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Limerick councillors seek national day of recognition for survivors of Mother and Baby Homes

Big plans on way for Newcastle West Municipal District

Cllr Michael Collins sets out stall as cathaoirleach

MEMBERS of Limerick City and County Council have backed a motion calling for a national day of recognition for the survivors and victims of Mother and Baby Homes.

The motion was proposed by Cllr Elisa O'Donovan at the first full meeting of the local authority since the publication, earlier this month, of the Commission of Investigation's final report.

"Throughout this report there are many examples of the treatment of unmarried women and their children across Limerick city and and county. Although the treatment of these women and their children is almost unspeakable, we owe it to them to find the words to articulate the terrible wrong that was done to them," she said at the meeting which took place virtually.

"We now need to look at every level of the system - starting in Limerick and with the historical role that Limerick Corporation and Limerick County Council played so that we can make sure that this part of our history is known, that it is spoken about and what happened is understood so that we can bear witness to the experiences and the trauma that was experienced by these women and their children," added Cllr O'Donovan.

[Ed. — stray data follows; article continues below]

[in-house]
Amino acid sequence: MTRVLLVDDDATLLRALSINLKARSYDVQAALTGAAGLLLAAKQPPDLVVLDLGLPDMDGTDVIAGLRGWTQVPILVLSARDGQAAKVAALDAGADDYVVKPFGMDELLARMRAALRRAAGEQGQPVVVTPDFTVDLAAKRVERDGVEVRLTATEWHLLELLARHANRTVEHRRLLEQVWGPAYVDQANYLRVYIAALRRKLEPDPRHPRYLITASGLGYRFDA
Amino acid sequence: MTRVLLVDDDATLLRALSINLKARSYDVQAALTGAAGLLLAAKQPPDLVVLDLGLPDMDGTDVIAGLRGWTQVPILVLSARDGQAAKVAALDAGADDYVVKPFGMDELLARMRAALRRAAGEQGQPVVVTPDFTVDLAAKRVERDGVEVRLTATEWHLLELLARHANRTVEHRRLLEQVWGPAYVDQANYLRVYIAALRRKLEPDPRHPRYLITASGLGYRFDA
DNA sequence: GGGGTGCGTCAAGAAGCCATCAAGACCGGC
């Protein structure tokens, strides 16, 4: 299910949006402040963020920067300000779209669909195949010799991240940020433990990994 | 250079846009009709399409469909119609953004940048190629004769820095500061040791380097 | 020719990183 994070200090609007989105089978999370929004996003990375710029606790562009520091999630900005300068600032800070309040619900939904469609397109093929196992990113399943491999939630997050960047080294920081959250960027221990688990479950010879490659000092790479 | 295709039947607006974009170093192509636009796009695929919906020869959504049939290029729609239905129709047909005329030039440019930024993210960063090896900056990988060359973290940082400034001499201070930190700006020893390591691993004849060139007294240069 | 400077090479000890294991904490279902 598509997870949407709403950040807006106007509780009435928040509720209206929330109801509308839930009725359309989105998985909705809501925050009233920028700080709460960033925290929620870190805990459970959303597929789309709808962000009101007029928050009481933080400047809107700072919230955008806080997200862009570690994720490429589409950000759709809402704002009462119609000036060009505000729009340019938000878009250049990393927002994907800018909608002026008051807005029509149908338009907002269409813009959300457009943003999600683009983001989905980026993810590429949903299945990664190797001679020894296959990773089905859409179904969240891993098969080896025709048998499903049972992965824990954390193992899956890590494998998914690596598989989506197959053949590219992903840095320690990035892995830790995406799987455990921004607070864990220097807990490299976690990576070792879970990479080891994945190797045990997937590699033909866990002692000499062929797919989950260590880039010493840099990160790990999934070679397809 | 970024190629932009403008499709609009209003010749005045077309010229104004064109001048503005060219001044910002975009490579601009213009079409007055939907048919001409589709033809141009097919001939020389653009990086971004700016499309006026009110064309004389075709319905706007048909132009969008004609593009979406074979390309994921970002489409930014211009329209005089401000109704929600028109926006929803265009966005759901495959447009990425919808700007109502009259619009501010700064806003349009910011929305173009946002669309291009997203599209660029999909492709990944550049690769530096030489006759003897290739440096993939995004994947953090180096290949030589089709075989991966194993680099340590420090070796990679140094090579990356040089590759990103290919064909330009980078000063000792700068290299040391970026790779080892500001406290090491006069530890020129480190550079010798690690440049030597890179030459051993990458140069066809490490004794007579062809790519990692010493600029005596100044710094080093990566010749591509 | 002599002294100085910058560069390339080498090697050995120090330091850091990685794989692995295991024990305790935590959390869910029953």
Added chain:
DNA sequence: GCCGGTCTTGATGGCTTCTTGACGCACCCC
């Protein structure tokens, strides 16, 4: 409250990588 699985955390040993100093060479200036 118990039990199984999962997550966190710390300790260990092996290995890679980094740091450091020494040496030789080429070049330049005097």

At the beginning of Monday's meeting, the Mayor of the city and county council of Limerick read a pre-prepared statement regarding Mother and Baby Homes and Commission's Report.

"The report is a grim picture of a cold and callous Ireland that damaged the lives of of tens of thousands of people by consigning them in institutions across the country. Unfortunately, mothers and babies suffered material and emotional deprivation in these institutions where we have seen that infant mortality was rampant and women felt they had no choice but to give up their children for adoption," said Cllr Michael Collins.

The Mayor noted that around 56,000 unmarried mothers and 57,000 children passed through Mother and Baby Homes during the period which was examined by the Commission.

"The report also stated that a further 25,000 women and a large number of children were likely to have been residents in the County Homes that were not examined by the Commission and we had those homes in County Limerick," he said he personally knows several people who born to unmarried mothers in a Mother and Baby Home. 

"Take the high profile case - in my own town of Newcastle West - of Philomena Lee and the suffering and pain she and her late son Michael Hess endured by actions taken by others in having Michael taken from his mother and sent to the USA for adoption. How cruel and callous these actions have been on our people right across the country," he said adding that what happened was "a damning failure by the Church and State on society."

Mayor Collins went on to add that he believes the survivors of Mother and Baby Homes should have a right to information about their birth mother and their full identity. He said he also hopes that a proper redress scheme will be established by the Government.

Council members endorsed the Mayor's comments and there was widespread support for Cllr O'Donovan's motion with several councillors describing it as 'admirable".

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